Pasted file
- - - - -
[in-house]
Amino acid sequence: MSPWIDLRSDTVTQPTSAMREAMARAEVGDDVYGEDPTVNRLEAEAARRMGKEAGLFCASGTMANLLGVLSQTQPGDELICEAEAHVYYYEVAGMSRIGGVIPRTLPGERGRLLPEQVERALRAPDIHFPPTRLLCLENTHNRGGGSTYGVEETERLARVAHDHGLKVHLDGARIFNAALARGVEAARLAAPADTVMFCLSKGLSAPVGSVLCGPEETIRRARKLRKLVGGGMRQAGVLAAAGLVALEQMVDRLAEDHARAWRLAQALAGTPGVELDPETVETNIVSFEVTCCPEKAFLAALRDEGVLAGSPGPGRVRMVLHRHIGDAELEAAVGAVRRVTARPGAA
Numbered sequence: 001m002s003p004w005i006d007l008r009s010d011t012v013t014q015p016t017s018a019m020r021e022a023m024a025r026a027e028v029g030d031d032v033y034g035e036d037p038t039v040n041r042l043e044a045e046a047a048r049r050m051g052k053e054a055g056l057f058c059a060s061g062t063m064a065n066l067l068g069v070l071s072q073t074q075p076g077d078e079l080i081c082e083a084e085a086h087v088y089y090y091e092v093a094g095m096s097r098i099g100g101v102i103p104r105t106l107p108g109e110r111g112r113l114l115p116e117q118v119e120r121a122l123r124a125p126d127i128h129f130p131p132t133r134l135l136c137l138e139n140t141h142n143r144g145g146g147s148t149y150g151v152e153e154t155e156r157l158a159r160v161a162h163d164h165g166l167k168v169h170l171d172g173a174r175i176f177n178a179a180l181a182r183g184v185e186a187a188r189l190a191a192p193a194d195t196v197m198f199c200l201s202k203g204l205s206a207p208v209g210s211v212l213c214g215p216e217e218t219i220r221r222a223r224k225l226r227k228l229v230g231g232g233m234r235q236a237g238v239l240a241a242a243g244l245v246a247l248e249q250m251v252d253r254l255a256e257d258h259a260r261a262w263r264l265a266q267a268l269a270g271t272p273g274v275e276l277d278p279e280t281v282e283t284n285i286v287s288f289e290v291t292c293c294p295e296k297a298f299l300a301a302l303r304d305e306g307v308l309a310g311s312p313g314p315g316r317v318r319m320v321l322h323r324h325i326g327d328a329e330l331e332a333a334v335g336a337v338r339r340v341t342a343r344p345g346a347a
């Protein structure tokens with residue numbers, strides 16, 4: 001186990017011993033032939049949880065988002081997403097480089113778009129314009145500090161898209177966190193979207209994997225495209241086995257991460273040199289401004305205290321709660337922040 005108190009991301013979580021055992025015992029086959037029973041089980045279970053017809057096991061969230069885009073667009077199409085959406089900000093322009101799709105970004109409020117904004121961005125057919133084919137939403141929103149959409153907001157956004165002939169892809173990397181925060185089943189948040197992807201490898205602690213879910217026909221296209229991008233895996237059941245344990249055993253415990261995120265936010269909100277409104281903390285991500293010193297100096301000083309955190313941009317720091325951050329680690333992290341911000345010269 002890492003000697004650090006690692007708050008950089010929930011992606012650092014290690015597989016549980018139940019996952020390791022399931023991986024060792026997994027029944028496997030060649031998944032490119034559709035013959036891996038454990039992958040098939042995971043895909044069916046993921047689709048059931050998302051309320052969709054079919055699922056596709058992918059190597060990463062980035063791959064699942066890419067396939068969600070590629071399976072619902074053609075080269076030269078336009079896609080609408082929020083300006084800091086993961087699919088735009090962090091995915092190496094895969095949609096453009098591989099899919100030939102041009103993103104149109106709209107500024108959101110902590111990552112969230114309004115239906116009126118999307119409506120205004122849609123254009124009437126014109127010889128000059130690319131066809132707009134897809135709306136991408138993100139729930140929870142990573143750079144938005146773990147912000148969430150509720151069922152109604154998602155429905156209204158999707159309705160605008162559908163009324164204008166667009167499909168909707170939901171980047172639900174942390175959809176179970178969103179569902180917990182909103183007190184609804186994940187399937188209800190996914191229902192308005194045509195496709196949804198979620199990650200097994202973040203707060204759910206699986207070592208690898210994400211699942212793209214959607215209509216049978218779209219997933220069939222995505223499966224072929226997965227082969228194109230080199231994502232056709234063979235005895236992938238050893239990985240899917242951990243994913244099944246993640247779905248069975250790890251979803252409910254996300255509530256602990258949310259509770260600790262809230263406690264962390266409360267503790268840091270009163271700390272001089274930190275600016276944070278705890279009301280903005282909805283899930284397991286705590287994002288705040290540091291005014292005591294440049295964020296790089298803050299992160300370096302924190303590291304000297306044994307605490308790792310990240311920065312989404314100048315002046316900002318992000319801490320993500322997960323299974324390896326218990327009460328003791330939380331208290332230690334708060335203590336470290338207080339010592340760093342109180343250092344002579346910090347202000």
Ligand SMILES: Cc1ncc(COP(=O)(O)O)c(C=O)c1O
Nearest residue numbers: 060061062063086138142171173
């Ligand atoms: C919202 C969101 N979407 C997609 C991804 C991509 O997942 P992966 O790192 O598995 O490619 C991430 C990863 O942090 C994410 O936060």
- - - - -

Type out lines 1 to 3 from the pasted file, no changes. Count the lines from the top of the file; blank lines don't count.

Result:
[in-house]
Amino acid sequence: MSPWIDLRSDTVTQPTSAMREAMARAEVGDDVYGEDPTVNRLEAEAARRMGKEAGLFCASGTMANLLGVLSQTQPGDELICEAEAHVYYYEVAGMSRIGGVIPRTLPGERGRLLPEQVERALRAPDIHFPPTRLLCLENTHNRGGGSTYGVEETERLARVAHDHGLKVHLDGARIFNAALARGVEAARLAAPADTVMFCLSKGLSAPVGSVLCGPEETIRRARKLRKLVGGGMRQAGVLAAAGLVALEQMVDRLAEDHARAWRLAQALAGTPGVELDPETVETNIVSFEVTCCPEKAFLAALRDEGVLAGSPGPGRVRMVLHRHIGDAELEAAVGAVRRVTARPGAA
Numbered sequence: 001m002s003p004w005i006d007l008r009s010d011t012v013t014q015p016t017s018a019m020r021e022a023m024a025r026a027e028v029g030d031d032v033y034g035e036d037p038t039v040n041r042l043e044a045e046a047a048r049r050m051g052k053e054a055g056l057f058c059a060s061g062t063m064a065n066l067l068g069v070l071s072q073t074q075p076g077d078e079l080i081c082e083a084e085a086h087v088y089y090y091e092v093a094g095m096s097r098i099g100g101v102i103p104r105t106l107p108g109e110r111g112r113l114l115p116e117q118v119e120r121a122l123r124a125p126d127i128h129f130p131p132t133r134l135l136c137l138e139n140t141h142n143r144g145g146g147s148t149y150g151v152e153e154t155e156r157l158a159r160v161a162h163d164h165g166l167k168v169h170l171d172g173a174r175i176f177n178a179a180l181a182r183g184v185e186a187a188r189l190a191a192p193a194d195t196v197m198f199c200l201s202k203g204l205s206a207p208v209g210s211v212l213c214g215p216e217e218t219i220r221r222a223r224k225l226r227k228l229v230g231g232g233m234r235q236a237g238v239l240a241a242a243g244l245v246a247l248e249q250m251v252d253r254l255a256e257d258h259a260r261a262w263r264l265a266q267a268l269a270g271t272p273g274v275e276l277d278p279e280t281v282e283t284n285i286v287s288f289e290v291t292c293c294p295e296k297a298f299l300a301a302l303r304d305e306g307v308l309a310g311s312p313g314p315g316r317v318r319m320v321l322h323r324h325i326g327d328a329e330l331e332a333a334v335g336a337v338r339r340v341t342a343r344p345g346a347a